GPUs are great resources for data analysis, especially in statistics and linear algebra. Unfortunately, very few packages connect R to the GPU, and none of them are transparent enough to run the computations on the GPU without substantial changes to the code. The maintenance of these packages is cumbersome: several of the earlier attempts have been removed from their respective repositories. It would be desirable to have a properly maintained R package that takes advantage of the GPU with minimal changes to the existing code.

We have developed the GPUmatrix package (available on CRAN). GPUmatrix mimics the behavior of the Matrix package and extends R to use the GPU for computations. It includes single(FP32) and double(FP64) precision data types, and provides support for sparse matrices. It is easy to learn, and requires very few code changes to perform the operations on the GPU. GPUmatrix relies on either the Torch or Tensorflow R packages to perform the GPU operations.

We have demonstrated its usefulness for several statistical applications and machine learning applications: non-negative matrix factorization, logistic regression and general linear models. We have also included a comparison of GPU and CPU performance on different matrix operations.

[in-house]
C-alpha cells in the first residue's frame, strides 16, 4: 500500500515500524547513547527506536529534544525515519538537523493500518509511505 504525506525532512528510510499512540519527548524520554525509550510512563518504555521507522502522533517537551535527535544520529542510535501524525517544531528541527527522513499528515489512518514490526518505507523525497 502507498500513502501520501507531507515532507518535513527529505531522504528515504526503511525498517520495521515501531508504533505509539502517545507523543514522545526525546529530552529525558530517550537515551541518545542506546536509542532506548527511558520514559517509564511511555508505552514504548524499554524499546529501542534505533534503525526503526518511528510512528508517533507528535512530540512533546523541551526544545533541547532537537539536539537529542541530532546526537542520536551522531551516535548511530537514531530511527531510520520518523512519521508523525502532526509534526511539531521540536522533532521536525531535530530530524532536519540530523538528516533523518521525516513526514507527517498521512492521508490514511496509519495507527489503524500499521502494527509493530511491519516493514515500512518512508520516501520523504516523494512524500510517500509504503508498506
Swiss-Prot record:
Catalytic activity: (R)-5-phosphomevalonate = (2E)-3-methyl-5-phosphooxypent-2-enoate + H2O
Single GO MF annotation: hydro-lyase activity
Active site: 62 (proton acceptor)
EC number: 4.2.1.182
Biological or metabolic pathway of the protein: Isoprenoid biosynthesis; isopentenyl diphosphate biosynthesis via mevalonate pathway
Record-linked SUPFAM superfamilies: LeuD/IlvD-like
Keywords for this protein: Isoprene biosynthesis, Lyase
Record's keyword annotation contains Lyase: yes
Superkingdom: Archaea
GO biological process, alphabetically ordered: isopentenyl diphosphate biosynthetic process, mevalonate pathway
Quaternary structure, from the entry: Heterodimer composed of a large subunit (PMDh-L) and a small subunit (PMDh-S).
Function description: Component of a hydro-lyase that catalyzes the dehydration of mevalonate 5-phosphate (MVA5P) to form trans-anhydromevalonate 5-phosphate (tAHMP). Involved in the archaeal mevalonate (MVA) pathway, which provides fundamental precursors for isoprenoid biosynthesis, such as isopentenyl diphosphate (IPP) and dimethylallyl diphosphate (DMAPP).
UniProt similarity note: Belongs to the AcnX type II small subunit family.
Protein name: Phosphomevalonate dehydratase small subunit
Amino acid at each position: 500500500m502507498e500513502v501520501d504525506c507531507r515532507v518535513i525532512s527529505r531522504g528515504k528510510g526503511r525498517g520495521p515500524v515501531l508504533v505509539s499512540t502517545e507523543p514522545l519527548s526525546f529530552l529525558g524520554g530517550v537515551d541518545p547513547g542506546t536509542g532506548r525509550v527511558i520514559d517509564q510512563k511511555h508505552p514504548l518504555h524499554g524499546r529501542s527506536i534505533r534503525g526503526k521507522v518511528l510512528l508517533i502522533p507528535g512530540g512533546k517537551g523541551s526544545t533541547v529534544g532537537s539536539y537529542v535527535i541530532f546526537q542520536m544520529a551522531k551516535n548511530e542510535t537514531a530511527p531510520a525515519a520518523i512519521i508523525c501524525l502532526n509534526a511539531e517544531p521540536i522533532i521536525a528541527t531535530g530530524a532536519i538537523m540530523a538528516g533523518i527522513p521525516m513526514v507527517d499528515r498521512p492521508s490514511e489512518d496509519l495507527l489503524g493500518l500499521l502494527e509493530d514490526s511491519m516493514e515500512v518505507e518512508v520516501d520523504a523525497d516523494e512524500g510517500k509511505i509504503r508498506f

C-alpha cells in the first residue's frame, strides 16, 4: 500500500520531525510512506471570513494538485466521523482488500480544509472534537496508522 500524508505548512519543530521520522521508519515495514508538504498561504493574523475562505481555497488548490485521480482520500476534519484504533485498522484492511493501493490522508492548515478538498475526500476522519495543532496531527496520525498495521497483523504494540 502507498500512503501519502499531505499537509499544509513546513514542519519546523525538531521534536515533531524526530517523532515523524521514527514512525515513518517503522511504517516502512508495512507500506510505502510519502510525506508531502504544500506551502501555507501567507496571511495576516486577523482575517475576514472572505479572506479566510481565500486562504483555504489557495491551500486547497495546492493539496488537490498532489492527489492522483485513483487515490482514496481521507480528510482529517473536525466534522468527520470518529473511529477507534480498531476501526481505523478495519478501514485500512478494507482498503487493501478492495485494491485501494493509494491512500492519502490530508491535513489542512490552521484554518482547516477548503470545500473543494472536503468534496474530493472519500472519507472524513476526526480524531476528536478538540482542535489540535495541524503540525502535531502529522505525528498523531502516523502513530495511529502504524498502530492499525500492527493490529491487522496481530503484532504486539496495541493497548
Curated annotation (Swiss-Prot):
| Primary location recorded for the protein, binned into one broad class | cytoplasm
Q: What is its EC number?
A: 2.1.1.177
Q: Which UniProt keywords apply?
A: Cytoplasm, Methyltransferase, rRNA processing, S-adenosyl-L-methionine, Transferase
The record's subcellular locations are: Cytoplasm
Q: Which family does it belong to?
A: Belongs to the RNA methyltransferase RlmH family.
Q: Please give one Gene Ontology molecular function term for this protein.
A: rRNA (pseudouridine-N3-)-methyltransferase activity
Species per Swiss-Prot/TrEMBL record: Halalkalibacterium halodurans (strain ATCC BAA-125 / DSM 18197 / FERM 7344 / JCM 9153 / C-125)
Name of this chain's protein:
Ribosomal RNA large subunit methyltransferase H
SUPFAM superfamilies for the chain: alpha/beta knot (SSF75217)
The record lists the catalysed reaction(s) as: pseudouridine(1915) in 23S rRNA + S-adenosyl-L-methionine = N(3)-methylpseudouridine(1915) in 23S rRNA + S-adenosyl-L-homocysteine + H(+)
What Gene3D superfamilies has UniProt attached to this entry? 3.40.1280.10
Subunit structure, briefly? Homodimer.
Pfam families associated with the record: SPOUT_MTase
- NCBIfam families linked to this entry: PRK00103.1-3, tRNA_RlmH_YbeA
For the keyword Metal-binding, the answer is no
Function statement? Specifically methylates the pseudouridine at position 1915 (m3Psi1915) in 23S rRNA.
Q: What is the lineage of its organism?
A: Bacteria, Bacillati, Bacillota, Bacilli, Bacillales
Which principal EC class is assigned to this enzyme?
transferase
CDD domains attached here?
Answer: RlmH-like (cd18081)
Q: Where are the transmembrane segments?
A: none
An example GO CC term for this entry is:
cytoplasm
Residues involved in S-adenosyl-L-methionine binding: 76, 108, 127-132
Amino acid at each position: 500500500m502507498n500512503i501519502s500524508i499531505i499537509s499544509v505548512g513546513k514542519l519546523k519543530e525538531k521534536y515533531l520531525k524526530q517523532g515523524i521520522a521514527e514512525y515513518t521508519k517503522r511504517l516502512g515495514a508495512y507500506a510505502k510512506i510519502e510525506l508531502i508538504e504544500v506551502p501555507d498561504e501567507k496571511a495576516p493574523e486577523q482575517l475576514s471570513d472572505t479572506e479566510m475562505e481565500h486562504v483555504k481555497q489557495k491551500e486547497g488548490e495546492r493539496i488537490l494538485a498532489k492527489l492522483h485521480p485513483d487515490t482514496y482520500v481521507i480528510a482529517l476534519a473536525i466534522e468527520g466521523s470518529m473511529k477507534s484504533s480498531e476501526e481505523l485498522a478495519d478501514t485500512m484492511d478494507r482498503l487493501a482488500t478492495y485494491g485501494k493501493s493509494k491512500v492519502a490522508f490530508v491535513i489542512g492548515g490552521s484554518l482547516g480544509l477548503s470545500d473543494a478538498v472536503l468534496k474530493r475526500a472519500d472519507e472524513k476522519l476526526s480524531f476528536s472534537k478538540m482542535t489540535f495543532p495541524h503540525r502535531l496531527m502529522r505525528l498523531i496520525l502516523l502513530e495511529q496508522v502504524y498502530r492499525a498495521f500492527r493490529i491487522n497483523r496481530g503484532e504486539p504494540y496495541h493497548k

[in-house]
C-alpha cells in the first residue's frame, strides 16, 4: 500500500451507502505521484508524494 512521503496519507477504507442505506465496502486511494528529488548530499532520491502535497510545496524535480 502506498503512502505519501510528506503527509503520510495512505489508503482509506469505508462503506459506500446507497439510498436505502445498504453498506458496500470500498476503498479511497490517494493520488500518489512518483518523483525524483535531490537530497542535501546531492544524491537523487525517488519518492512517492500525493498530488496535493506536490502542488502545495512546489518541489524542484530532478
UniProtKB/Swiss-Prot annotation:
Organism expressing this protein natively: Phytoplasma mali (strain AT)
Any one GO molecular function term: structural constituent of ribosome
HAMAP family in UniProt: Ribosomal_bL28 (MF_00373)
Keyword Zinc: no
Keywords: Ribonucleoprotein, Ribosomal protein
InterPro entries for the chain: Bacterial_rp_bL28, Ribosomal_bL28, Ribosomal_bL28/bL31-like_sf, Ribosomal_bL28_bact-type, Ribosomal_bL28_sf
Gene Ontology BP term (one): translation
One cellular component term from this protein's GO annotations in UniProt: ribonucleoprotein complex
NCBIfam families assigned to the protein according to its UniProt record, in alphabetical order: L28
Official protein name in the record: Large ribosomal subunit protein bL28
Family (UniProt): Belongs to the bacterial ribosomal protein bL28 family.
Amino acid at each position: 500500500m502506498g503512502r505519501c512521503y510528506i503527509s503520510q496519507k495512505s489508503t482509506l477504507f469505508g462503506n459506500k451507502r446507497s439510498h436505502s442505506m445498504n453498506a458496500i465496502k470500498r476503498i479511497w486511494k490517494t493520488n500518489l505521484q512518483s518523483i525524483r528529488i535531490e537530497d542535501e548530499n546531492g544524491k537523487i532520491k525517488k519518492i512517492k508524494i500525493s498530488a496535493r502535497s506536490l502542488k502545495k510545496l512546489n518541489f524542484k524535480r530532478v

Before starting, please be advised that this R package is designed to have the lowest learning curve for the R user to perform algebraic operations using the GPU. Therefore, this tutorial will mostly cover procedures that will go beyond the operations that the user can already perform with R’s CPU matrices.

GPUmatrix is an R package that utilizes tensors through the **torch** or **tensorflow** packages (see Advanced Users section for more information). One or the other must be installed for the use of GPUmatrix. Both packages are hosted in CRAN and have specific installation instructions. In both cases, it is necessary to have an NVIDIA® GPU card with the latest drivers installed in order to use the packages, as well as a version of Python 3. The NVIDIA card must be compatible; please see the list of capable cards here. If there is no compatible graphics card or not graphic card at all, you can still install tensorFlow and torch, but only with the CPU version, which means that GPUmatrix will only be able to run in CPU mode.